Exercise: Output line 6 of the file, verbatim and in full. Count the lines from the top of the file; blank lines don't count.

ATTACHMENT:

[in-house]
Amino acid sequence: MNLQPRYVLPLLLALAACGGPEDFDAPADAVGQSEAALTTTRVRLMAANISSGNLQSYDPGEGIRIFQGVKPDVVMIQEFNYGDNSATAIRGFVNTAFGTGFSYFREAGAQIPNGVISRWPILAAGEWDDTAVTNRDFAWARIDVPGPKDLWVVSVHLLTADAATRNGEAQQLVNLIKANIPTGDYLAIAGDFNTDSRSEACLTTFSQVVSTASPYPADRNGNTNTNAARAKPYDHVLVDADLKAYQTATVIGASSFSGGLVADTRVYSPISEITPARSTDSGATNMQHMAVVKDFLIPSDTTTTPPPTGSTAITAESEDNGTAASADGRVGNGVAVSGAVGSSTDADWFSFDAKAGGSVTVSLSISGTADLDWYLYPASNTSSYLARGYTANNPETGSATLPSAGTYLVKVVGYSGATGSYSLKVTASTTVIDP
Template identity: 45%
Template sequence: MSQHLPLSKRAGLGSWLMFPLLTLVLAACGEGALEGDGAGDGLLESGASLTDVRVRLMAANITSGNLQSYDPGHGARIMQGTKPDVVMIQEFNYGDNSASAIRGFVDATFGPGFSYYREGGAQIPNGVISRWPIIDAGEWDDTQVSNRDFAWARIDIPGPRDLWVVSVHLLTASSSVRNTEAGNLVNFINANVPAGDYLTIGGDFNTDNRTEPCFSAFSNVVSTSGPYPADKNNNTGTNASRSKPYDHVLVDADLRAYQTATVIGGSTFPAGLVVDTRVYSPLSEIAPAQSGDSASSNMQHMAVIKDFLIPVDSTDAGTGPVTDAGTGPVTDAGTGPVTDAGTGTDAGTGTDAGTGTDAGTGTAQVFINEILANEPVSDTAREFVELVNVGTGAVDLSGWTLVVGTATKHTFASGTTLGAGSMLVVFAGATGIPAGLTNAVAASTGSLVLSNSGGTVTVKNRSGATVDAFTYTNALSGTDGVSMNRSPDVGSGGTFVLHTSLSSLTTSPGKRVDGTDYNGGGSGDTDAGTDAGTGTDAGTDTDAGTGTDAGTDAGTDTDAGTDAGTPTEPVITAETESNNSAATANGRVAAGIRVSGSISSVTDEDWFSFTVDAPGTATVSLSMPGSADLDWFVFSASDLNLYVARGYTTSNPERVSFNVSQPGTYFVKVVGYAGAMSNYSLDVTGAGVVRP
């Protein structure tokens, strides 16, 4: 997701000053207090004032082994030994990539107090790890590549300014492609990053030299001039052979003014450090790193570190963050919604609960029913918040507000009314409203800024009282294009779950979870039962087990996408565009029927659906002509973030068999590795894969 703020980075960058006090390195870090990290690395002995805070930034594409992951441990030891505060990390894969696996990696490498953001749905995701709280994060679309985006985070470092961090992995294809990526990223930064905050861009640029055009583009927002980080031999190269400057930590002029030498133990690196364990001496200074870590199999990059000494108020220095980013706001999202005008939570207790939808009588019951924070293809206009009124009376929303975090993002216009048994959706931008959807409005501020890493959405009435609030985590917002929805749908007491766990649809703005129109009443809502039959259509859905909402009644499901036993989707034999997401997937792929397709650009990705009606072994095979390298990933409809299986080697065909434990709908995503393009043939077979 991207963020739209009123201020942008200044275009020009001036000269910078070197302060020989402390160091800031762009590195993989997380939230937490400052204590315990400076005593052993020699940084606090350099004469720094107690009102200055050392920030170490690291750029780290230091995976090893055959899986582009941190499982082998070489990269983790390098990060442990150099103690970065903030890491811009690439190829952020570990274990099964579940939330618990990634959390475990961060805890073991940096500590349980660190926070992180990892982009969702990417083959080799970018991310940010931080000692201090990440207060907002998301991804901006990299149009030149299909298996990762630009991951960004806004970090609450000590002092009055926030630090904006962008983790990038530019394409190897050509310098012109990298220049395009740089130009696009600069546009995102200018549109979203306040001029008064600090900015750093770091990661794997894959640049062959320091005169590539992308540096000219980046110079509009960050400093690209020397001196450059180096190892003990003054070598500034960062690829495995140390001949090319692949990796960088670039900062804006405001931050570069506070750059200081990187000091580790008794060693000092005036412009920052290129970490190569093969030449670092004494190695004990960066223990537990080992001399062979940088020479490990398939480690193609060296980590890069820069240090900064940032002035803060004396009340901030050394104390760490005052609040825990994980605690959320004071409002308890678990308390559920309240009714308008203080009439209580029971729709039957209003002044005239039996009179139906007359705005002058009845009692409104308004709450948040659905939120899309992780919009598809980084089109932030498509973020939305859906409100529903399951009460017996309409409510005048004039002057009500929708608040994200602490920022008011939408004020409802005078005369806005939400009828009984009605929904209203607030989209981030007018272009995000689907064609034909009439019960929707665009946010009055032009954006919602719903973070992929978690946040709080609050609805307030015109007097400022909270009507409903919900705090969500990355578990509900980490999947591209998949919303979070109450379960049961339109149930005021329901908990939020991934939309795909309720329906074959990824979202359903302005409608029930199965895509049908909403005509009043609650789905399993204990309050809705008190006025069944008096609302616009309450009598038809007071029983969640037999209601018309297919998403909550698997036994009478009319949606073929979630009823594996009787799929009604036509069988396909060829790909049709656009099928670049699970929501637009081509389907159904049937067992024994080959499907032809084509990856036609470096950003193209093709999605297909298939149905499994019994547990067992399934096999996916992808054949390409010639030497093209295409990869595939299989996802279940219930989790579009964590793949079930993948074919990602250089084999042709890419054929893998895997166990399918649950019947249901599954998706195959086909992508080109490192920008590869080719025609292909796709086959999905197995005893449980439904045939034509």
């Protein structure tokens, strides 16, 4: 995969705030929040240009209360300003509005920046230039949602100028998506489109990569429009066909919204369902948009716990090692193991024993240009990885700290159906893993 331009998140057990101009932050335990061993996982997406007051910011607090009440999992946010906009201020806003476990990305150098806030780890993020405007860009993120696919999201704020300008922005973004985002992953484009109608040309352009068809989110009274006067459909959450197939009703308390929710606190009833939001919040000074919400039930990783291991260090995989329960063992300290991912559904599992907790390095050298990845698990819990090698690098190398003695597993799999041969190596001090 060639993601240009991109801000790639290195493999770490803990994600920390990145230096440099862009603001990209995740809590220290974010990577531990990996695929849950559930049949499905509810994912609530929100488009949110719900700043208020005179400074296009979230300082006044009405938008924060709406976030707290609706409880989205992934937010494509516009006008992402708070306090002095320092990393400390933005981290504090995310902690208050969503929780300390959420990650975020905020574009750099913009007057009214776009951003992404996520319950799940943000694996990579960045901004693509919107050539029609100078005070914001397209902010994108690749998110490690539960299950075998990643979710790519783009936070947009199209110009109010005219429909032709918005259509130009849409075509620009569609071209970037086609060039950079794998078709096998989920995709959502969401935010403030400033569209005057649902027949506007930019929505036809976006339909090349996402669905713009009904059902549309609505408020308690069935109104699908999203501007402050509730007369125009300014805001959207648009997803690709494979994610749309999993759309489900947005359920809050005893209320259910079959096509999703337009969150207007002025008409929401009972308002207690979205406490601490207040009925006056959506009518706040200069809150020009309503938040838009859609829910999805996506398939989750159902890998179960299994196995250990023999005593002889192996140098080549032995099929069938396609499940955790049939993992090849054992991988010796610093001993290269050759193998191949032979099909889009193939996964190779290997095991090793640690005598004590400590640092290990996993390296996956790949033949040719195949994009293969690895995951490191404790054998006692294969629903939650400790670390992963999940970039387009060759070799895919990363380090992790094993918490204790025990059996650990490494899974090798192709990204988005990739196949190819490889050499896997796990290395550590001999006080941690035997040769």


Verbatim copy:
């Protein structure tokens, strides 16, 4: 995969705030929040240009209360300003509005920046230039949602100028998506489109990569429009066909919204369902948009716990090692193991024993240009990885700290159906893993 331009998140057990101009932050335990061993996982997406007051910011607090009440999992946010906009201020806003476990990305150098806030780890993020405007860009993120696919999201704020300008922005973004985002992953484009109608040309352009068809989110009274006067459909959450197939009703308390929710606190009833939001919040000074919400039930990783291991260090995989329960063992300290991912559904599992907790390095050298990845698990819990090698690098190398003695597993799999041969190596001090 060639993601240009991109801000790639290195493999770490803990994600920390990145230096440099862009603001990209995740809590220290974010990577531990990996695929849950559930049949499905509810994912609530929100488009949110719900700043208020005179400074296009979230300082006044009405938008924060709406976030707290609706409880989205992934937010494509516009006008992402708070306090002095320092990393400390933005981290504090995310902690208050969503929780300390959420990650975020905020574009750099913009007057009214776009951003992404996520319950799940943000694996990579960045901004693509919107050539029609100078005070914001397209902010994108690749998110490690539960299950075998990643979710790519783009936070947009199209110009109010005219429909032709918005259509130009849409075509620009569609071209970037086609060039950079794998078709096998989920995709959502969401935010403030400033569209005057649902027949506007930019929505036809976006339909090349996402669905713009009904059902549309609505408020308690069935109104699908999203501007402050509730007369125009300014805001959207648009997803690709494979994610749309999993759309489900947005359920809050005893209320259910079959096509999703337009969150207007002025008409929401009972308002207690979205406490601490207040009925006056959506009518706040200069809150020009309503938040838009859609829910999805996506398939989750159902890998179960299994196995250990023999005593002889192996140098080549032995099929069938396609499940955790049939993992090849054992991988010796610093001993290269050759193998191949032979099909889009193939996964190779290997095991090793640690005598004590400590640092290990996993390296996956790949033949040719195949994009293969690895995951490191404790054998006692294969629903939650400790670390992963999940970039387009060759070799895919990363380090992790094993918490204790025990059996650990490494899974090798192709990204988005990739196949190819490889050499896997796990290395550590001999006080941690035997040769």